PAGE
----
Lime Connect Partners on Ground-breaking Corporate Disability Study
Author: Lime Connect(i) : Contact: +1 (212) 521-4469
Synopsis and Key Points:
Report Disabilities and Inclusion has uncovered that employees with disabilities make up an enormous talent pool that employers overlook far too often.
Findings Uncover Large Percentage of Non-Visible Disabilities Across the White Collar Talent Pool.
Lime Connect (Lime) and Bloomberg, PwC and Unilever - three of the organization's corporate partners - are lead sponsors of a first-of-its-kind study published by the Center for Talent Innovation (CTI) that finds that far more people than expected have a disability: 30 percent of college-educated employees working full-time in white-collar professions in the U.S.
Using the new, broader U.S. federal definition of disabilities (finalized in 2016, the definition now includes mental health and chronic conditions) and rigorous, nationally-representative data, CTI's report Disabilities and Inclusion has uncovered that employees with disabilities make up an enormous talent pool that employers overlook far too often--to their own detriment.
The study also uncovered reasons that employees with disabilities have remained under the radar. Sixty-two percent of employees with disabilities have "non-visible disabilities"-people can't tell they have a disability upon meeting them. Additionally, only 21 percent of employees with disabilities disclose them to their employers' human resources departments.
Lack of visibility and lack of awareness about this high percentage of their workforce translates into significant costs for employers. Seventy-five percent of employees with disabilities report having an idea that would drive value for their company (versus 66 percent of employees without disabilities), yet employers may not be maximizing this potential.
"From our interviews and focus groups, we learned that people with disabilities are particularly innovative. In order to navigate the world with a disability, they have to problem-solve each day. They can contribute this gift to their employers, but only if they know they will be recognized and rewarded for it," says Julia Taylor Kennedy, executive vice president and director of publications at CTI.
The implications of the research for companies is clear.
Employers who want to elicit the best ideas from their people should rely on inclusive leadership-and this carries extra relevance for leaders of people with disabilities.
In prior research, CTI determined that inclusive leaders exhibit at least three of the following behaviors: ensuring everyone gets heard, making it safe to propose novel ideas, giving actionable feedback, taking advice and implementing feedback, empowering team members to make decisions, and sharing credit for team success.
Lime Connect board chairman Tom Wilson states;
"this ground-breaking research validates our view of both the large numbers of employees who happen to have disabilities and the broad range of non-visible disabilities which so often are not disclosed. Lime Connect and our corporate partners believe strongly in the strengths and talents that can accompany disabilities, and in providing some of the tools, and self-confidence, that can help employees with disabilities to reach their full potential."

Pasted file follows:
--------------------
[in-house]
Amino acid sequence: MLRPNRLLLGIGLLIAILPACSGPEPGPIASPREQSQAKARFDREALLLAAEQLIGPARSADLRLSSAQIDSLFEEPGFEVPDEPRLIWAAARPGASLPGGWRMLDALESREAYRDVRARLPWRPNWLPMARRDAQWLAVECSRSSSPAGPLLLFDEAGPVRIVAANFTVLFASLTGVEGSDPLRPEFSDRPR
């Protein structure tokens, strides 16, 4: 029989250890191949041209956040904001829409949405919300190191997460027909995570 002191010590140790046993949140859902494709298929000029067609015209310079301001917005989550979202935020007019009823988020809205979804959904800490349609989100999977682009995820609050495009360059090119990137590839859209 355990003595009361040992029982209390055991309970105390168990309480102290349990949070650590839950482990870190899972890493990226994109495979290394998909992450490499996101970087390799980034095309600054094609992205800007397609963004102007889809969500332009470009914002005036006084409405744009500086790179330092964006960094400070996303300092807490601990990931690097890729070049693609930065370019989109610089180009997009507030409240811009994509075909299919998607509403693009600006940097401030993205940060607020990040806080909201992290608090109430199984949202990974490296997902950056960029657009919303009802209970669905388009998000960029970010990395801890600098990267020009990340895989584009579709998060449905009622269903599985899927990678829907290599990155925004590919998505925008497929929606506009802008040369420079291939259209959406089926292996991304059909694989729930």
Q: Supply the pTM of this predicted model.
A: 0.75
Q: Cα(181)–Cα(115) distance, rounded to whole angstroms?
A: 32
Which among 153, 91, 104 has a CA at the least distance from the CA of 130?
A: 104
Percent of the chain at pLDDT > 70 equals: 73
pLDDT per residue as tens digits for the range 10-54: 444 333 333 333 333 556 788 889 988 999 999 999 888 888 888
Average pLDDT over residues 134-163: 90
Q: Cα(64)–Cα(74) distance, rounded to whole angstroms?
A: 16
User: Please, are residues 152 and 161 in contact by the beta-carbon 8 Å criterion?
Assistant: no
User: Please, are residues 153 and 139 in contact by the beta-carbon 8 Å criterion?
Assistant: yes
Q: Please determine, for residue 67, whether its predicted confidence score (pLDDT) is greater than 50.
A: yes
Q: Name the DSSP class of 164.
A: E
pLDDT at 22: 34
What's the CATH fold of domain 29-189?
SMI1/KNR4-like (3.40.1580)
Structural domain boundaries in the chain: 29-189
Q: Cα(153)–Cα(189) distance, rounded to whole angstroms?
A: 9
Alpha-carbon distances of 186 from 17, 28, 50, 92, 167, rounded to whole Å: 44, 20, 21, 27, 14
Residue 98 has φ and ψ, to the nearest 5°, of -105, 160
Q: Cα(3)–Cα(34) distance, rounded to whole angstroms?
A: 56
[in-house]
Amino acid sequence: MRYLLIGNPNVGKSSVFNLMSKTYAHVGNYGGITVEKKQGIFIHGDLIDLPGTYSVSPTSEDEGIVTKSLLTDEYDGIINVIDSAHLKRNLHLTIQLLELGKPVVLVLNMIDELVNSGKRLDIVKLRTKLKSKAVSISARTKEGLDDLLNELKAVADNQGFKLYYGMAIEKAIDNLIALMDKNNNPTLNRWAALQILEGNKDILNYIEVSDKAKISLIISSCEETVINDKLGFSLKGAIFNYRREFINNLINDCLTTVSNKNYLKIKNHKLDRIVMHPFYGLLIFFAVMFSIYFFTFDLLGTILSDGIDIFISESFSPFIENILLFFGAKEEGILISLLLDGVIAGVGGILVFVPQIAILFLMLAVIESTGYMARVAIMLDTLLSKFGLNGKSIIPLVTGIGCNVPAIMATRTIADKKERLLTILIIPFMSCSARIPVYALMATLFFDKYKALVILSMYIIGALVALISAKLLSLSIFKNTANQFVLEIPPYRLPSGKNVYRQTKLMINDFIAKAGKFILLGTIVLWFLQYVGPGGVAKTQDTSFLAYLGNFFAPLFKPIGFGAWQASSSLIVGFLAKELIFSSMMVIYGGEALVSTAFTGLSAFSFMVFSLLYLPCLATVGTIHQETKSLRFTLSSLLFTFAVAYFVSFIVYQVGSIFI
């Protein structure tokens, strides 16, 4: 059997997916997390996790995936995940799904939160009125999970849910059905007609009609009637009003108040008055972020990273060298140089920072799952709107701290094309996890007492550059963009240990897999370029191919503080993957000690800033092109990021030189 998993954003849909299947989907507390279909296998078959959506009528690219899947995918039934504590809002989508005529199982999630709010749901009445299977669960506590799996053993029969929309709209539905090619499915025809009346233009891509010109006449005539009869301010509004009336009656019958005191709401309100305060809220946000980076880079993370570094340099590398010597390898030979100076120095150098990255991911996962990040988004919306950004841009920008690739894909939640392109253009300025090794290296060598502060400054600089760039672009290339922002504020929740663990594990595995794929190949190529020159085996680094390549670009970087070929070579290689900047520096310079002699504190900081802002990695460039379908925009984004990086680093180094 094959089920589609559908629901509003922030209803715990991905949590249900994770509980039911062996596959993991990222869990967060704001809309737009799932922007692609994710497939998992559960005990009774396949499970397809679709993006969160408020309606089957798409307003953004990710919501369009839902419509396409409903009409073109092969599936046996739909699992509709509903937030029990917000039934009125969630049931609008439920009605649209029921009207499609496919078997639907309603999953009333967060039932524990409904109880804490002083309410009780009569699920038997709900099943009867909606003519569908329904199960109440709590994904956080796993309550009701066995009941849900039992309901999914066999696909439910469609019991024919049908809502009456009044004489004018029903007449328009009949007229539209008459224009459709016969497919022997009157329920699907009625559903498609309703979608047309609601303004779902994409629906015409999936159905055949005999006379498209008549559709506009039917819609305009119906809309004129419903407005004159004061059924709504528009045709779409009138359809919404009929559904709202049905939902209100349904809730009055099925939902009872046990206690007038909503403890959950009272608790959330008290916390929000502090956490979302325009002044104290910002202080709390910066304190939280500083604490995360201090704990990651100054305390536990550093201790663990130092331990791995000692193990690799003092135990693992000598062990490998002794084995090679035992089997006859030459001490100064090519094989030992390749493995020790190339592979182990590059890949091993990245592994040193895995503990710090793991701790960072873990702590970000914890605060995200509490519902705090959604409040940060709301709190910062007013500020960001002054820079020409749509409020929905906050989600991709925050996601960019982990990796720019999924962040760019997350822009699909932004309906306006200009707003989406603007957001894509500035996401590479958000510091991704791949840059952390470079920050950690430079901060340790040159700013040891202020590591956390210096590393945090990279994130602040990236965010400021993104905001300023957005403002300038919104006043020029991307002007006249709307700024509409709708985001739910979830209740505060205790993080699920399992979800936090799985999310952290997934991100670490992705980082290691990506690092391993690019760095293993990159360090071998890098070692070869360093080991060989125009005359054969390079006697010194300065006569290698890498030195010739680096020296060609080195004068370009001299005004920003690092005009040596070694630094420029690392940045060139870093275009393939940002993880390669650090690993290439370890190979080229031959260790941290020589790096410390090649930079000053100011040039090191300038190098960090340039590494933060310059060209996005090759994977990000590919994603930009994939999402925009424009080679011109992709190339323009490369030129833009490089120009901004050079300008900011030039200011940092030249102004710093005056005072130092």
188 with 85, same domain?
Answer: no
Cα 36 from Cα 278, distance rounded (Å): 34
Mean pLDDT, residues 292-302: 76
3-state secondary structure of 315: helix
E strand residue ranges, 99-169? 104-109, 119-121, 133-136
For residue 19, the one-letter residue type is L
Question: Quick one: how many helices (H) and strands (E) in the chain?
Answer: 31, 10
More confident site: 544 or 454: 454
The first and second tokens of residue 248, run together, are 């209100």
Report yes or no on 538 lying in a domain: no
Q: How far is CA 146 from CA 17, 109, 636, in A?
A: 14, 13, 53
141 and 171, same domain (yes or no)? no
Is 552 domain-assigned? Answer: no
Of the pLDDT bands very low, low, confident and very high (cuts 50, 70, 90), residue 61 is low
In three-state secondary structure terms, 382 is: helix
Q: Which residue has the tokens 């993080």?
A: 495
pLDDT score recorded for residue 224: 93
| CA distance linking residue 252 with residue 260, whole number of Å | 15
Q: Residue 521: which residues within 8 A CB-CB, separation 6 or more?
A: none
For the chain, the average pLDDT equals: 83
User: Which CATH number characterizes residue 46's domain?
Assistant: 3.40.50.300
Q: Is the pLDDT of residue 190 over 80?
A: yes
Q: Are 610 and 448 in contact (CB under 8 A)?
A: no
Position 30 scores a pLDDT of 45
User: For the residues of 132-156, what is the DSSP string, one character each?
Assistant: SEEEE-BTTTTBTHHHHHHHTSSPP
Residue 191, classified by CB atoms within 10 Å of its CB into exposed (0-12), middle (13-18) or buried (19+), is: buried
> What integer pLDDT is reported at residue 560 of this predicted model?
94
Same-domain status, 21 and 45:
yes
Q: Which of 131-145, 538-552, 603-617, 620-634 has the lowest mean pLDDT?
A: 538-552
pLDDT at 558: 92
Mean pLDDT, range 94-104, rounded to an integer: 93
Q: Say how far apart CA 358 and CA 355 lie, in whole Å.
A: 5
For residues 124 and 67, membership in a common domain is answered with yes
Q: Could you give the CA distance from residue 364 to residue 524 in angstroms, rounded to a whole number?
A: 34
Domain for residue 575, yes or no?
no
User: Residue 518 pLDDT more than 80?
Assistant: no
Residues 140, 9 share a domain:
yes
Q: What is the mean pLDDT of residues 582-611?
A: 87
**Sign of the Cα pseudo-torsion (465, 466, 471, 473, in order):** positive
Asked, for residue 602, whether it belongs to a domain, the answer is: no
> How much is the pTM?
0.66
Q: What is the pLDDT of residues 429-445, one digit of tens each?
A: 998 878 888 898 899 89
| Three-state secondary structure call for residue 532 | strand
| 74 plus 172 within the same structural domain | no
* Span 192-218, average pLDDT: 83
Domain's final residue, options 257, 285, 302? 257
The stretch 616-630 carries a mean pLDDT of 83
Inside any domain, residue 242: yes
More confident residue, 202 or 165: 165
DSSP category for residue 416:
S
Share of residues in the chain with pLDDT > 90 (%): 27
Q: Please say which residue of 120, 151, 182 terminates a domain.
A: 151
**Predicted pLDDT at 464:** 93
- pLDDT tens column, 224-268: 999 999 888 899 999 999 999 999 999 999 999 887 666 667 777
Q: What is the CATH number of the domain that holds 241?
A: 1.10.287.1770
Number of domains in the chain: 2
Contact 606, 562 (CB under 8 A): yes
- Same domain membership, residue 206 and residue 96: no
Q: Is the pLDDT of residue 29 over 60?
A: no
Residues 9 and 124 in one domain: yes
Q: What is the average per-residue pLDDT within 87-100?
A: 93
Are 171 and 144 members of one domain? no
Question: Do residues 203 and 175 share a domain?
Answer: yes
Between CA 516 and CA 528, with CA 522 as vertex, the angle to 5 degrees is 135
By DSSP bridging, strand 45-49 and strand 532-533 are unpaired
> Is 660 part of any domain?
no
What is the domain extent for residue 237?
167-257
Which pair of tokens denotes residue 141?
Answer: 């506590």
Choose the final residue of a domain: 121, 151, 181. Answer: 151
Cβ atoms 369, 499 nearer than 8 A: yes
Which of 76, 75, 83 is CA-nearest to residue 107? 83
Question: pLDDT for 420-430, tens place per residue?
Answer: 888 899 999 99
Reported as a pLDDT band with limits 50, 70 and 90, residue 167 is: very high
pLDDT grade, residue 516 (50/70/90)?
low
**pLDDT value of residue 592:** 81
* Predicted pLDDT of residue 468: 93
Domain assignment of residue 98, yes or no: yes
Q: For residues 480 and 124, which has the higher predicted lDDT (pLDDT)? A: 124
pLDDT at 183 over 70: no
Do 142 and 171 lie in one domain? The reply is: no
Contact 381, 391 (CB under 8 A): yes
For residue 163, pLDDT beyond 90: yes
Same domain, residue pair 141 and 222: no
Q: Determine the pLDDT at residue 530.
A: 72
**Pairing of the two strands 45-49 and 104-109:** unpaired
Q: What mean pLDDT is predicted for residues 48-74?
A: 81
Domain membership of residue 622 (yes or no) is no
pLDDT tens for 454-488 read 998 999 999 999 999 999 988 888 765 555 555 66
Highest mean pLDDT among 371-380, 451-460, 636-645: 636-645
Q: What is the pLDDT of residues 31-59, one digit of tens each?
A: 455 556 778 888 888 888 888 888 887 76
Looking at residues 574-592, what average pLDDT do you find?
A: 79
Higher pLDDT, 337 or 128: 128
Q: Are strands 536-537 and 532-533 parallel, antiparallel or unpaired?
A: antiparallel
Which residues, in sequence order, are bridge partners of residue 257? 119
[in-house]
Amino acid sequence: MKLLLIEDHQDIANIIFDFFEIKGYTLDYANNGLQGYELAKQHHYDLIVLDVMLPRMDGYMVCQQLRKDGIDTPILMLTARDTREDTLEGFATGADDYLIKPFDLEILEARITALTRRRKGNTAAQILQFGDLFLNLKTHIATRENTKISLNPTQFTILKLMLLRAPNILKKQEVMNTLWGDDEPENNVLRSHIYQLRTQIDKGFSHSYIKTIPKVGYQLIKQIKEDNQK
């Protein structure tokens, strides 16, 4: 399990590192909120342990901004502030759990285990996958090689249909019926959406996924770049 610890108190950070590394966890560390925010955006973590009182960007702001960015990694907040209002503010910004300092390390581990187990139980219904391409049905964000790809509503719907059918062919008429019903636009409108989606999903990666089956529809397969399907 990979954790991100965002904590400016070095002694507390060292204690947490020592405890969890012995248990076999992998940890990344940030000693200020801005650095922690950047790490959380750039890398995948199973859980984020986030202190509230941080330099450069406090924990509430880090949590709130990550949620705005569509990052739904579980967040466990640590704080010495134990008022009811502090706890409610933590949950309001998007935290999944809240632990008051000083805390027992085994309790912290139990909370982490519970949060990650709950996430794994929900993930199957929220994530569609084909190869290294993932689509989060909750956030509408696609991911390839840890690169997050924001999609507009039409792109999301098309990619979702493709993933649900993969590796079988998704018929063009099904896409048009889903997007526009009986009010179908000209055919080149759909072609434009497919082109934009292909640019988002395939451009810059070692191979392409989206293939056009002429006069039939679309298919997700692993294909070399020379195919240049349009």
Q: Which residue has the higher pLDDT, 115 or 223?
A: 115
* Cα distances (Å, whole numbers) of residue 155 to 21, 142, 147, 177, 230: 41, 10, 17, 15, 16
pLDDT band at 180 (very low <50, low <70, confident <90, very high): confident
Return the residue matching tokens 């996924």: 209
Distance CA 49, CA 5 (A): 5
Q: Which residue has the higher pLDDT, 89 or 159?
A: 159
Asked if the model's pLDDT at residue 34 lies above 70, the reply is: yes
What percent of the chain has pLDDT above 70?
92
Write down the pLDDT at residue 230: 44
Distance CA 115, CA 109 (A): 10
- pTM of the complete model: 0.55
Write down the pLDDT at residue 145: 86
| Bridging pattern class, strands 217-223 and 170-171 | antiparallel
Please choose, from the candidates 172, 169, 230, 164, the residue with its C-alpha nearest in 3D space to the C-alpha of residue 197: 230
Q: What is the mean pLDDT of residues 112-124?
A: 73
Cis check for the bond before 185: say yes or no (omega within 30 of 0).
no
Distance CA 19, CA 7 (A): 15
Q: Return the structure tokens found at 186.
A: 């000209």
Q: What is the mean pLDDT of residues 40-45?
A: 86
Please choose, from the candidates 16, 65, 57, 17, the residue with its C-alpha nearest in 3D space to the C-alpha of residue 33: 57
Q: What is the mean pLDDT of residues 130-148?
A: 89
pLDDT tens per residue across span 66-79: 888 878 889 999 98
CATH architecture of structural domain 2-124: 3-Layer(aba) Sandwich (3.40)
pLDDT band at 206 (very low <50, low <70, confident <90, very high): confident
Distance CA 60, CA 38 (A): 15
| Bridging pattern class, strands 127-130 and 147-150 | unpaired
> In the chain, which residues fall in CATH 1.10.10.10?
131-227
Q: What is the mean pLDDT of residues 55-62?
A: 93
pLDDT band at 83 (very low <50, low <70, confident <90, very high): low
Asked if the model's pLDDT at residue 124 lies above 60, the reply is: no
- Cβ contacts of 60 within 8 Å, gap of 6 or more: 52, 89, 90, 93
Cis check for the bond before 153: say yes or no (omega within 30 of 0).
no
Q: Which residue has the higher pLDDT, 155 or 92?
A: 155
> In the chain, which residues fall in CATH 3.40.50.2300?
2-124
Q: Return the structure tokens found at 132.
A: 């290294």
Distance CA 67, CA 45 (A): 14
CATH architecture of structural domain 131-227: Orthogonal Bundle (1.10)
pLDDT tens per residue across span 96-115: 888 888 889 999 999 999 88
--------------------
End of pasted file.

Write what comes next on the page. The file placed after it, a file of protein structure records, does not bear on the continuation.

In addition to U.S. data, the report spotlights how the experiences of employees with disabilities in Brazil, Germany, India, Japan, and the U.K. differ from the U.S. It also includes spotlights on caregivers, employees with mental health conditions, and employees with autism spectrum disorder.
"Now that we know employees with disabilities make up nearly a third of the white-collar workforce, employers simply can't afford to ignore this crucial talent cohort," says Laura Sherbin, co-president of CTI and a managing partner of Hewlett Consulting Partners. "By understanding employees with disabilities-and listening to their ideas-companies can unlock enormous potential."
The Center for Talent Innovation will present the study findings at Lime Connect's corporate partner symposiums hosted in Toronto (January 17th) and New York City (February 1st). Lime will also release results of a corresponding survey of Lime Network members in the U.S. and Canada as a part of the symposium agenda.
For an overview of Disabilities and Inclusion, see highlights on Lime Connect's web site here, with a link to the full report.
(i)Source/Reference: Lime Connect. Disabled World makes no warranties or representations in connection therewith. Content may have been edited for style, clarity or length.
- 1: Employee Disability, Absenteeism and Productivity Issues : Shepell-fgi (2009/06/05)
- 2: 39% of Canadian Small Businesses Hire People with Disabilities : BMO Financial Group (2014/10/11)
- 3: Want to Be a Doctor But Have a Disability? : University of Michigan (2016/02/12)
- 4: Weight-loss Surgery Employment Discrimination : Springer (2015/01/08)
- 5: Career Education Research for Students with Autism and Developmental Disabilities : Education Associates, Inc. (2016/10/14)
- 6: 2020 Canadian Employer Summer Job Funding Applications : Employment and Social Development Canada (2020/02/01)
- 7: Workplace Adaptions for Employees with Number Blindness Caused by Dyscalculia : iansyst Ltd (2011/04/19)
• Disabled World is strictly a news and information website provided for general informational purpose only and does not constitute medical advice. Materials presented are in no way meant to be a substitute for professional medical care by a qualified practitioner, nor should they be construed as such. Any 3rd party offering or advertising on disabled-world.com does not constitute endorsement by Disabled World. Please report outdated or inaccurate information to us.